Several years ago I spent a significant amount of time in Uganda. I volunteered at an AIDS orphanage, teaching English to children with no money, no family and even less hope.
There were a few Westerners in my village -- we'd come from a variety of first-world countries hoping to make a difference. At night we'd get together and often scratch our heads over our new, albeit temporary, country of residence. There were a lot of things about life in Africa that just didn't make sense.
For example, we all found it odd the fishermen would tie the day's catch together, and hang the fish from their car's front bumper. They'd drive home in 100-degree heat and spend hours in traffic as the exhaust from the tailpipe in front of them would blow right onto the fish they'd later hope sell and eat. We couldn't figure out why they didn't just keep the fish in the car with them. Surely you'd get paid more for fish that hadn't spoiled in the afternoon sun and weren't coated with toxic fumes.
We also found ourselves befuddled about the airport's traffic control system. On a trip to a neighboring country one weekend, we waited for our flight on the tarmac. As our plane arrived, the pilot tossed a rope ladder out the cockpit window and instructed us to climb up. We then waited several minutes while a child on a bicycle with no pedals cleared the "runway" with a broom -- shooing away the zebras. Why not just run if your bike doesn't have pedals?
These were the types of moments when we'd look at each other, shrug our shoulders and say: "OIA, man.
It's a phrase we used when there really was no explanation, or words to describe the madness. It's just how they did things over there and that was that.
After the news last week, I have to wonder if anyone overseas shakes their head and says, "OIA, man. OIA." Translation: "Only In America."
I'm talking about the 80-year-old Southern California man, Tom Greer, who boasted he shot and killed a woman in an alley, a woman he admits was running away from him at the time. According to his own account, the woman said, "Don't shoot me, I'm pregnant! I'm going to have a baby!" Then he proudly told reporters, "And I shot her anyway."
The woman and another man were burglarizing Greer's house. They assaulted him when he came home, but Greer grabbed his gun and scared them off. The pair fled into a nearby alley, where Greer chased them and fatally shot the woman, twice in the back.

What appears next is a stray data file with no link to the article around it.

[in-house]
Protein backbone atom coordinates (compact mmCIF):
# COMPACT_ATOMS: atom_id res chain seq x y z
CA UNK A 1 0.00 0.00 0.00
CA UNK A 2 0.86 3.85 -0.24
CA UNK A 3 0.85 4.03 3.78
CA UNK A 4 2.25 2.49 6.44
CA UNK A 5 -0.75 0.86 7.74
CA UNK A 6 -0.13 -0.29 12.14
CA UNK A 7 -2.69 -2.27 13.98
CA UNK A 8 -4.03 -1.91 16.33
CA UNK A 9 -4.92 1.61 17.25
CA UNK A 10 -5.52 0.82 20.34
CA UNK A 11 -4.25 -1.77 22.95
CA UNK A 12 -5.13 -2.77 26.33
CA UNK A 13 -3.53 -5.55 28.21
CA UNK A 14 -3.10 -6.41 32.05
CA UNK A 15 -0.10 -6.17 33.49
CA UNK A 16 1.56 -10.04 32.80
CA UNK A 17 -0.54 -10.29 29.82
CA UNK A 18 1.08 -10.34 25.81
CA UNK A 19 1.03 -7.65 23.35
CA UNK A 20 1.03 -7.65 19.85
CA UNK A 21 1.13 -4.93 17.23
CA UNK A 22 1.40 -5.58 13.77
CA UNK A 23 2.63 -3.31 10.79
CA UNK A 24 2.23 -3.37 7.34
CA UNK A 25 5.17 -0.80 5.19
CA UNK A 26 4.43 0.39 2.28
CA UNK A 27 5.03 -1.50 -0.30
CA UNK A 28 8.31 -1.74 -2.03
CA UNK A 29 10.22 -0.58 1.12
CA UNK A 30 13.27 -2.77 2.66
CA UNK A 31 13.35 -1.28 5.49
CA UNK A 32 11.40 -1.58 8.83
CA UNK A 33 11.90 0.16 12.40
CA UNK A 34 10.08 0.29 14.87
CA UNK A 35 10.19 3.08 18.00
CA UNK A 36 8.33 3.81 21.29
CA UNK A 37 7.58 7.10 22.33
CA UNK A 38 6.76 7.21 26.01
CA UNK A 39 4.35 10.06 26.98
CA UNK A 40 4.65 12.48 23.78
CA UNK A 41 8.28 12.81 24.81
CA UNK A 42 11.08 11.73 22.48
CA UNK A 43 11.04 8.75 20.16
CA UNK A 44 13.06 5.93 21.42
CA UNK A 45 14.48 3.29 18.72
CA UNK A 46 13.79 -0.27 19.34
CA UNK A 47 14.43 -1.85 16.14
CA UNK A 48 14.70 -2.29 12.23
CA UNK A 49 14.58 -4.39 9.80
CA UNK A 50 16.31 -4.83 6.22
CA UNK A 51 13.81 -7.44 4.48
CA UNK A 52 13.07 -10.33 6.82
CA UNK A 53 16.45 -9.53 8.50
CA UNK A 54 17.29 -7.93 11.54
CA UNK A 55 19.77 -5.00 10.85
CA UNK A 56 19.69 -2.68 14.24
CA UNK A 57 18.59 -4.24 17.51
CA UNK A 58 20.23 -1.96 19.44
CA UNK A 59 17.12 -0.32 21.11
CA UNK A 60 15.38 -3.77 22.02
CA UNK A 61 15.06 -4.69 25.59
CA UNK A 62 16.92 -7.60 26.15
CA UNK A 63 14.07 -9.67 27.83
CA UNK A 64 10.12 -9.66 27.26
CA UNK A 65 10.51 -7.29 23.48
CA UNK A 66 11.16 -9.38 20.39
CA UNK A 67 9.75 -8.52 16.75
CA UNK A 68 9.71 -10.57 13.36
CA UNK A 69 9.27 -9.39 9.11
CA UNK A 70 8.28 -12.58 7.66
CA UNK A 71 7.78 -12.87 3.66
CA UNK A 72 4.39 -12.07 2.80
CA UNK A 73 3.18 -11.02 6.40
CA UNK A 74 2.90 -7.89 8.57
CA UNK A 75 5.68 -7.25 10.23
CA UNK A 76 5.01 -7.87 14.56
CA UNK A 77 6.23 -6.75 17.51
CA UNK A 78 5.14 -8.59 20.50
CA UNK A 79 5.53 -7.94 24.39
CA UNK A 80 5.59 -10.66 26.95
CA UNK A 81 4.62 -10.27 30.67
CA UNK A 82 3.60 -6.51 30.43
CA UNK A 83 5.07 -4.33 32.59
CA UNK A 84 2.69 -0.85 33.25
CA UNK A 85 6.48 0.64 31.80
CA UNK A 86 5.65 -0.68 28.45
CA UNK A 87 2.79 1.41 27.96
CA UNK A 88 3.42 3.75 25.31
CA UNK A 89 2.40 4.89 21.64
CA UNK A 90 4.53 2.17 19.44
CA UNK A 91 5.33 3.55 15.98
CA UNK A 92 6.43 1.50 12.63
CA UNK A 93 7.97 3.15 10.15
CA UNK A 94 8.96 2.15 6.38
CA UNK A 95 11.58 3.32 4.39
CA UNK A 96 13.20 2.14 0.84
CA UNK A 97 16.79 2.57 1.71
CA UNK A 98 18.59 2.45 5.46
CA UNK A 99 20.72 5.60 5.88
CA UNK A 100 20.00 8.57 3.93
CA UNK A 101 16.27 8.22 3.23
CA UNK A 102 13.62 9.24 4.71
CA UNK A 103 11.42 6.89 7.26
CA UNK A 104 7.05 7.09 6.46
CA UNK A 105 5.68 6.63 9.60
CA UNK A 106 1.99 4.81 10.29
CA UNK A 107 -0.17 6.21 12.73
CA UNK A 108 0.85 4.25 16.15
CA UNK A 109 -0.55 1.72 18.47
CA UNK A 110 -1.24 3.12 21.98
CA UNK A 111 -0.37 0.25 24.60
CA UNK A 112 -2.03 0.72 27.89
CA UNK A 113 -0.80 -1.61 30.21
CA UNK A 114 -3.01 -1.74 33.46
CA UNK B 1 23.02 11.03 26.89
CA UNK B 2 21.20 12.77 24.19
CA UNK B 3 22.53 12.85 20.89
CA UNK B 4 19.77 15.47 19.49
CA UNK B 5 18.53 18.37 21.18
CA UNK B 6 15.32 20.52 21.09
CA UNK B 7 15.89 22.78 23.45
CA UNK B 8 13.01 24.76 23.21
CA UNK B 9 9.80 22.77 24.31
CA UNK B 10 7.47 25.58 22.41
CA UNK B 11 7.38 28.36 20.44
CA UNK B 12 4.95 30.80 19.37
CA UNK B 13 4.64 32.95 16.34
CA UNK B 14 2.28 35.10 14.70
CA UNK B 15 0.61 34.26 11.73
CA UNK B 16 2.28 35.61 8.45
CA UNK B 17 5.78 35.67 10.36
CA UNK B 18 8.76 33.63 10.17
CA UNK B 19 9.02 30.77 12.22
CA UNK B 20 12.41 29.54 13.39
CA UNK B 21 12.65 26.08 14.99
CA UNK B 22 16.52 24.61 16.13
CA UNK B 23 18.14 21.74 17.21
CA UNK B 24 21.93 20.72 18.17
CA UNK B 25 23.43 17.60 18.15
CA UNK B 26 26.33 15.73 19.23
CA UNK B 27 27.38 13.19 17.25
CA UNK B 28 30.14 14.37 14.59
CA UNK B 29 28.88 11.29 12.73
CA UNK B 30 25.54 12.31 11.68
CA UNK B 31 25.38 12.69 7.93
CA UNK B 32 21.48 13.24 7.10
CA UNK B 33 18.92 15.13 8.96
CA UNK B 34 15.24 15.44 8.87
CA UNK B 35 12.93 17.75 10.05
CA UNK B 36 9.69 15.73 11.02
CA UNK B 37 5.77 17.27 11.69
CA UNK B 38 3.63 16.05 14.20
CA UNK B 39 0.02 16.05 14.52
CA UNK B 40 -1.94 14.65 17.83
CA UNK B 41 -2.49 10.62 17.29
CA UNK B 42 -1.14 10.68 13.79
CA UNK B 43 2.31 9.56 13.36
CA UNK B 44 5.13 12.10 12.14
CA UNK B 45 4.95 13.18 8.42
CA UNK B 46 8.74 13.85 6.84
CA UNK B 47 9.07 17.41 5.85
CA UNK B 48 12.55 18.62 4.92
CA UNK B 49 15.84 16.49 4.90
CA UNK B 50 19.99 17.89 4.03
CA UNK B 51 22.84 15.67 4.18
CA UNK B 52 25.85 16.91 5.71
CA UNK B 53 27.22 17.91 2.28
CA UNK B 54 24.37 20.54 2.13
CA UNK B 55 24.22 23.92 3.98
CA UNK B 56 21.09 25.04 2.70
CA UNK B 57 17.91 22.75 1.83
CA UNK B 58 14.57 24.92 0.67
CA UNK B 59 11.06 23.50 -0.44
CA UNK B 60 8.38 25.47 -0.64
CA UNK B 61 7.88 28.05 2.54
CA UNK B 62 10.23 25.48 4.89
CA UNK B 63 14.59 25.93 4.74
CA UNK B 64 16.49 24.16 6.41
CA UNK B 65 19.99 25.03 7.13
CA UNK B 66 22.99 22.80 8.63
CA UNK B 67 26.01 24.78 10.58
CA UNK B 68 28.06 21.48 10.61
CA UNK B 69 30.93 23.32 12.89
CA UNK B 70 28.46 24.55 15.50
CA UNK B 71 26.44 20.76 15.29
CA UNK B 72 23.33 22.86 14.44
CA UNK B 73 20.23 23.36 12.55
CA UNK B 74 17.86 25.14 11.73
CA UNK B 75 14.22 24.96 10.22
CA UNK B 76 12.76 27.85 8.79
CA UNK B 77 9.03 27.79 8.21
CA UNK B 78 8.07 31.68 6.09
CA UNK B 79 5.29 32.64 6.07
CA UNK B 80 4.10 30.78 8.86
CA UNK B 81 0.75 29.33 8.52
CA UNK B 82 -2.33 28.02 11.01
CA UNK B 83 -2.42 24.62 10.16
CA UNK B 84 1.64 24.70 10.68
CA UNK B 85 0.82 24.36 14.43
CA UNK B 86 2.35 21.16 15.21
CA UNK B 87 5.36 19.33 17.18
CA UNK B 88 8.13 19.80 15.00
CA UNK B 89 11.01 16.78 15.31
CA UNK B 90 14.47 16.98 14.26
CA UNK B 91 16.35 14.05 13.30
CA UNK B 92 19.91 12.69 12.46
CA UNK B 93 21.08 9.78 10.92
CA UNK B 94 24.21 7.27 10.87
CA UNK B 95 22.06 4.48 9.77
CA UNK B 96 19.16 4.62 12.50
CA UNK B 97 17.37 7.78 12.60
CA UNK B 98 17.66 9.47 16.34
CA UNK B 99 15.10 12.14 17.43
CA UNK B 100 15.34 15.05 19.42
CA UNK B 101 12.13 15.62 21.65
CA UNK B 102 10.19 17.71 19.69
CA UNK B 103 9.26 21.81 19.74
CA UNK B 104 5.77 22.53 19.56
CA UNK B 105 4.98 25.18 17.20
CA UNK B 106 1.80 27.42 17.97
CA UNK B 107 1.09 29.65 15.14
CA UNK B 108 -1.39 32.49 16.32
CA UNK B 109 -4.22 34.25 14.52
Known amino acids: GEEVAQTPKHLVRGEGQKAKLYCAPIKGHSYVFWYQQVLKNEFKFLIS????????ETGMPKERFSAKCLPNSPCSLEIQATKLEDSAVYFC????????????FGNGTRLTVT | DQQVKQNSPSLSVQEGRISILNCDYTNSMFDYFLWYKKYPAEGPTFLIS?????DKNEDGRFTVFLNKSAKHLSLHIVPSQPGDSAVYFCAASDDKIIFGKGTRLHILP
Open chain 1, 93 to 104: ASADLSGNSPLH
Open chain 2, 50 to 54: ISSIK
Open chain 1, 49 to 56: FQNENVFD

The thieves were 100 percent in the wrong for robbing Greer and attacking him and should be penalized for their actions. And while I absolutely agree Greer had a right to protect himself, the pair had fled and he was no longer in immediate danger. Defending yourself is one thing, but exacting revenge is quite another. And in this country, we don't sentence thieves to the death penalty.
But even more disturbing than this man smugly thumping his chest and saying he had "no regrets" about killing a woman who claimed she was pregnant (an autopsy later confirmed she was not), was the overwhelming support of this man on social media and comment boards found on news websites.
I was shocked to see so many people give Greer a virtual high-five. Admiring him for killing a woman who was running away from him. The overriding theme seemed to be: "Good for him. One less thief on the streets."
Before it was confirmed the woman was not pregnant, many commenters said they were pro-life, but the shooting was justified. "It's OK because this couple was not going to raise a productive member of society," one person, who identified him or herself as a "God fearing Christian," wrote.
So I guess one way to get rid of protesters in front of a Planned Parenthood is to tell them you don't plan to raise a productive member of society.
Only in America.
Amy Roberts is a longtime Park City resident, freelance writer and the proud owner of two ill-behaved rescue dogs, Boston and Stanley.